I've lived in my unit for 11 years.3 years ago a new owner/managemnt co. came in&refurbished the entire building (NOT older tenants' units) - many months of construction, turned-off water with/without notice. It got a 5-yr cap.imprvt judgment (so I pay an additional amount per mo.)I've never been late-usually pay on the 2nd. One month manager refused to accept my payment after midnight on the 3rd without a $50 late fee, which I paid.In April 2007 manager inadvertently allowed workers to cut the lock on my nearby storage unit&throw out my possessions-I came home on a break&salvaged most-never explanation or apology.Now I've received a letter threatening eviction if I feed stray cats "around the property." I'm humanely trapping&removing a small colony.Is the letter legally enforceable?
Your history of tenancy isn't relevant, the only issue is whether your feeding of stray cats and your rescue activities is grounds for eviction. If you're in N. Hollywood, and your building is otherwise eligible, then it's under the Los Angeles rent stabliization ordinance, which means you can only be evicted for 12 specific things. One of these things is "nuisance," and your landlord, and a judge, may consider your cat rescue activities a nuisance.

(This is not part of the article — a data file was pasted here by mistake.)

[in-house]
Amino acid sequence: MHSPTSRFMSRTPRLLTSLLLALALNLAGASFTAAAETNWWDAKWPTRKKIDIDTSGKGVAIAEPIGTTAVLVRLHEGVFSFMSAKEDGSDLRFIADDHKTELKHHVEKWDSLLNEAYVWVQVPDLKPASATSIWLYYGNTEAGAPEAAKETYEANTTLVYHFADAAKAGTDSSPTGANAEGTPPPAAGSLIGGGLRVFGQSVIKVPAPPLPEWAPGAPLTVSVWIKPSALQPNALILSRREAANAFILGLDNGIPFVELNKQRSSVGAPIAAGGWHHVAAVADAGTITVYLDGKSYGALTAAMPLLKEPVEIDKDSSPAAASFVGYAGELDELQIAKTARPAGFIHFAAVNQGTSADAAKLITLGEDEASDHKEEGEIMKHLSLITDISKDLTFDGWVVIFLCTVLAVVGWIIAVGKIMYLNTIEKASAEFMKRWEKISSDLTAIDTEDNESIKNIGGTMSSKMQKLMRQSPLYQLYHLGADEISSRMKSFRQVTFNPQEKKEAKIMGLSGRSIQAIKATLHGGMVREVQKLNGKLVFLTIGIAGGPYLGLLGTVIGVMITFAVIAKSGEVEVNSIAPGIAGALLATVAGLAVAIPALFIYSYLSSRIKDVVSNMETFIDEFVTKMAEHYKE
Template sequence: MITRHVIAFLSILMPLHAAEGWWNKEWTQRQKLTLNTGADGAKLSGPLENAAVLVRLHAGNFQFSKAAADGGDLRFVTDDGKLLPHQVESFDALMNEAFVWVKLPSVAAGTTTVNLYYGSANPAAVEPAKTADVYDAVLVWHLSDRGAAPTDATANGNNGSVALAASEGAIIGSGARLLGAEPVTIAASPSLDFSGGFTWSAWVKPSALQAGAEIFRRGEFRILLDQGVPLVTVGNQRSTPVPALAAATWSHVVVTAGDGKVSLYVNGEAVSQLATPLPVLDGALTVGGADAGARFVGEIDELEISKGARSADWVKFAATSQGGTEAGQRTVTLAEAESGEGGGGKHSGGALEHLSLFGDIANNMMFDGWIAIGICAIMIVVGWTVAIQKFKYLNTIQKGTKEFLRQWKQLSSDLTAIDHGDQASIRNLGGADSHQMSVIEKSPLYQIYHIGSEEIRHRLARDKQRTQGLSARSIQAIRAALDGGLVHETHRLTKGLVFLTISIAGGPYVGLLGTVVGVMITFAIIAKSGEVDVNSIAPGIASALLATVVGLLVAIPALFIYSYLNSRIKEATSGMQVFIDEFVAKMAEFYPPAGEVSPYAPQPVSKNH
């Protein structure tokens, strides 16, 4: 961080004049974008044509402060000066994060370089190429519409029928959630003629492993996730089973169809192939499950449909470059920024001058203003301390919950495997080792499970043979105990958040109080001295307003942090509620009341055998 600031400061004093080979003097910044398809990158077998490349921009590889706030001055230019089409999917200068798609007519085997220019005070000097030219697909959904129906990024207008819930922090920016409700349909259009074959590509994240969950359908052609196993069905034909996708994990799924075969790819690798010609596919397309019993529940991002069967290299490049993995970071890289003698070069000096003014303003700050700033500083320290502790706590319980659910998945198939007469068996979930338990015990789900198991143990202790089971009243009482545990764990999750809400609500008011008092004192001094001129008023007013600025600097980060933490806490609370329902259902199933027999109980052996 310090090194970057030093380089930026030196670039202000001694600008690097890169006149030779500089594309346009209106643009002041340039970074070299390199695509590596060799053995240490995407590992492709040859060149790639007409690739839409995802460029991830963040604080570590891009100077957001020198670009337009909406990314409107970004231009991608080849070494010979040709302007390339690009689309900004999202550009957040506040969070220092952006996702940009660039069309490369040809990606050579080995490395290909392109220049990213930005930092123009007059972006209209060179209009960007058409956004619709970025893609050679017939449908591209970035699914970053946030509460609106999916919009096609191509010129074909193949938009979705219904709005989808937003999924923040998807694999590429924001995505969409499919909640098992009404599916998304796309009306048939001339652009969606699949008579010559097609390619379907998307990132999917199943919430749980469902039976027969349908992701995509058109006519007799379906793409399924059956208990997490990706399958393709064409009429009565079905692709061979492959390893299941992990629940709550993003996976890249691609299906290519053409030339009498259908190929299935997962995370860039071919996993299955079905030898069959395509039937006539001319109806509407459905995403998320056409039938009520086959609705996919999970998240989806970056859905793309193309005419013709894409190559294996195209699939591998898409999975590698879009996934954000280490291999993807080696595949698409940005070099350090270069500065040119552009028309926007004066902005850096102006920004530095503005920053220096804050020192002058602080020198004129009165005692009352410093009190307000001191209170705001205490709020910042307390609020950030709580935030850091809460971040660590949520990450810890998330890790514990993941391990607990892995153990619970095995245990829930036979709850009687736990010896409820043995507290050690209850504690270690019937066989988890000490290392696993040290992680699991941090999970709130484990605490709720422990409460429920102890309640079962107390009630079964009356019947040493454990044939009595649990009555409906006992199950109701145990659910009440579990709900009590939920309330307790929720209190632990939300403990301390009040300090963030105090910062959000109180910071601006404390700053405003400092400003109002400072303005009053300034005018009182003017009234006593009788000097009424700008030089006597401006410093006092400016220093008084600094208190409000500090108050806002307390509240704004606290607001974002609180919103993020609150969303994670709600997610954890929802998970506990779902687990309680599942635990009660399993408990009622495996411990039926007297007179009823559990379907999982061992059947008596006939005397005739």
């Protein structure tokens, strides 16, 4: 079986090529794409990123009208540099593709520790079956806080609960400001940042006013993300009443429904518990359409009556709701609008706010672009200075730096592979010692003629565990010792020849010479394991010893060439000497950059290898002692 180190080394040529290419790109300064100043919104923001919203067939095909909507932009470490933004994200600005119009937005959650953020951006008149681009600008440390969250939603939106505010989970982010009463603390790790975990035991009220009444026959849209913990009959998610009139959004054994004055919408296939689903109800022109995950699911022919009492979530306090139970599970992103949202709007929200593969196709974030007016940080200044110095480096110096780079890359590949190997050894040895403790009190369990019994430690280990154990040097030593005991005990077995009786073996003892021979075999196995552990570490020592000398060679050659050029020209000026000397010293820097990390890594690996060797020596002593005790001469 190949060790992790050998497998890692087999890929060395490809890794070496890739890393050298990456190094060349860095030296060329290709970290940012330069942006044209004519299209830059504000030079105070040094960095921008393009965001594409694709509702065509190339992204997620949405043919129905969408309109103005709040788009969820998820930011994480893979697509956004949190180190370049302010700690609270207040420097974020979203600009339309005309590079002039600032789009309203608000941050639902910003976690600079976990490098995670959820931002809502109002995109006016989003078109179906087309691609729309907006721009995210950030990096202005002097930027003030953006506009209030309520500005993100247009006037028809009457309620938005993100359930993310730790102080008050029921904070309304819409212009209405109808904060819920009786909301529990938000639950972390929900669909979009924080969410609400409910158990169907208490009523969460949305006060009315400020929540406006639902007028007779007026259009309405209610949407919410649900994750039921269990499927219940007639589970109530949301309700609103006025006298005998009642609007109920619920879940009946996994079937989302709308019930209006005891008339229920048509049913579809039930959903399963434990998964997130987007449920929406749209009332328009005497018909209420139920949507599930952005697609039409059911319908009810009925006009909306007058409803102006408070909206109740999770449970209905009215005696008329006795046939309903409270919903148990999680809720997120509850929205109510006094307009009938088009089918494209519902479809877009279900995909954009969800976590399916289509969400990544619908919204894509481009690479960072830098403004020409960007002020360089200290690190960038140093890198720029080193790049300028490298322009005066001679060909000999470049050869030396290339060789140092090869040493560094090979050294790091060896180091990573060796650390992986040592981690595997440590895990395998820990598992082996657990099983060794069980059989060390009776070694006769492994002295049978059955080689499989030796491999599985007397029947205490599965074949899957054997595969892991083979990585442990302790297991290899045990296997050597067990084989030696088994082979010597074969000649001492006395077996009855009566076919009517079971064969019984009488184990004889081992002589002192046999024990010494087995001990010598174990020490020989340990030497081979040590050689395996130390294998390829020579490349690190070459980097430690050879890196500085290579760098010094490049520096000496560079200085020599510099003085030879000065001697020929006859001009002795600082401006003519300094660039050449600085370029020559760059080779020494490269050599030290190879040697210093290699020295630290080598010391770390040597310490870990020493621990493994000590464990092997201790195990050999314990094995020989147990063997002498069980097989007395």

Animal rescue activities are not something that's naturally part of your tenancy and not something you're able to do if it's disturbing anyone. Fighting an eviction may involve getting declarations from your fellow residents and other neighbors stating that this activity doesn't bother them, taking photos of the activity and the cats, etc. etc., and you may need or want to hire a lawyer. It's pretty hard to evict someone under LA rent control for reasons other than non-payment of rent, but this may provide a reason, if the landlord alleges and proves that residents or neighbors have complained about the cats, that the cats create noise, disease, threats to other animals and people, etc. etc.
Disclaimer: Please note that this answer does not constitute legal advice, and should not be relied on, since each state has different laws, each situation is fact specific, and it is impossible to evaluate a legal problem without a comprehensive consultation and review of all the facts and documents at issue. This answer does not create an attorney-client relationship.